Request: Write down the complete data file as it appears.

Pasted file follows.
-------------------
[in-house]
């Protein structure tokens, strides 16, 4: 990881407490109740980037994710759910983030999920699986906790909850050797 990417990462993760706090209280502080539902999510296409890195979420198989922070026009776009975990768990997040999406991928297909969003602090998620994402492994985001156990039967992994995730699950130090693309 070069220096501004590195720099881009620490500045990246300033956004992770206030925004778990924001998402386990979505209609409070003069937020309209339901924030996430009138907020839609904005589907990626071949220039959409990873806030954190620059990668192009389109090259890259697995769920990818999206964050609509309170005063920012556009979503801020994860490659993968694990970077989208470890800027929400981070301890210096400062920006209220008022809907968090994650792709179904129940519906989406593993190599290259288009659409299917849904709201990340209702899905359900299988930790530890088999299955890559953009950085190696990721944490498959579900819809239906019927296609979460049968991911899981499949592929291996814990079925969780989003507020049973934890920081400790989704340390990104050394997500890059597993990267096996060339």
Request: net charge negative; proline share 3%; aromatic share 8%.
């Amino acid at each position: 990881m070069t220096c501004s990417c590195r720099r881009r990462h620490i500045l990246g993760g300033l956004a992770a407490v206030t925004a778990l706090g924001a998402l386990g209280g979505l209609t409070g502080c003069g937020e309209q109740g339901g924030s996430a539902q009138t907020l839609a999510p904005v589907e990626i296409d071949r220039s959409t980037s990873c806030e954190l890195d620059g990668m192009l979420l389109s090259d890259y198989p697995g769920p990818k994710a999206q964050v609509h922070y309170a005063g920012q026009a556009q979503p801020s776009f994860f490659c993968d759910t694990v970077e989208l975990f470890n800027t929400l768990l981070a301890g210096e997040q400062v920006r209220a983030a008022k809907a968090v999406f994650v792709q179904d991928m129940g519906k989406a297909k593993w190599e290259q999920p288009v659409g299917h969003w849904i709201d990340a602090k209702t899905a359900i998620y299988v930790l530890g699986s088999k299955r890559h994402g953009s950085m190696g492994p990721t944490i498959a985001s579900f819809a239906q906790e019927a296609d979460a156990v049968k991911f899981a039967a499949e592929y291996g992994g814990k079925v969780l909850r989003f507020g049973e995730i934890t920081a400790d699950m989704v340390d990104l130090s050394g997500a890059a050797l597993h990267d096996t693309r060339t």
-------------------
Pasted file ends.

[in-house]
């Protein structure tokens, strides 16, 4: 990881407490109740980037994710759910983030999920699986906790909850050797 990417990462993760706090209280502080539902999510296409890195979420198989922070026009776009975990768990997040999406991928297909969003602090998620994402492994985001156990039967992994995730699950130090693309 070069220096501004590195720099881009620490500045990246300033956004992770206030925004778990924001998402386990979505209609409070003069937020309209339901924030996430009138907020839609904005589907990626071949220039959409990873806030954190620059990668192009389109090259890259697995769920990818999206964050609509309170005063920012556009979503801020994860490659993968694990970077989208470890800027929400981070301890210096400062920006209220008022809907968090994650792709179904129940519906989406593993190599290259288009659409299917849904709201990340209702899905359900299988930790530890088999299955890559953009950085190696990721944490498959579900819809239906019927296609979460049968991911899981499949592929291996814990079925969780989003507020049973934890920081400790989704340390990104050394997500890059597993990267096996060339």
Request: net charge negative; proline share 3%; aromatic share 8%.
């Amino acid at each position: 990881m070069t220096c501004s990417c590195r720099r881009r990462h620490i500045l990246g993760g300033l956004a992770a407490v206030t925004a778990l706090g924001a998402l386990g209280g979505l209609t409070g502080c003069g937020e309209q109740g339901g924030s996430a539902q009138t907020l839609a999510p904005v589907e990626i296409d071949r220039s959409t980037s990873c806030e954190l890195d620059g990668m192009l979420l389109s090259d890259y198989p697995g769920p990818k994710a999206q964050v609509h922070y309170a005063g920012q026009a556009q979503p801020s776009f994860f490659c993968d759910t694990v970077e989208l975990f470890n800027t929400l768990l981070a301890g210096e997040q400062v920006r209220a983030a008022k809907a968090v999406f994650v792709q179904d991928m129940g519906k989406a297909k593993w190599e290259q999920p288009v659409g299917h969003w849904i709201d990340a602090k209702t899905a359900i998620y299988v930790l530890g699986s088999k299955r890559h994402g953009s950085m190696g492994p990721t944490i498959a985001s579900f819809a239906q906790e019927a296609d979460a156990v049968k991911f899981a039967a499949e592929y291996g992994g814990k079925v969780l909850r989003f507020g049973e995730i934890t920081a400790d699950m989704v340390d990104l130090s050394g997500a890059a050797l597993h990267d096996t693309r060339t």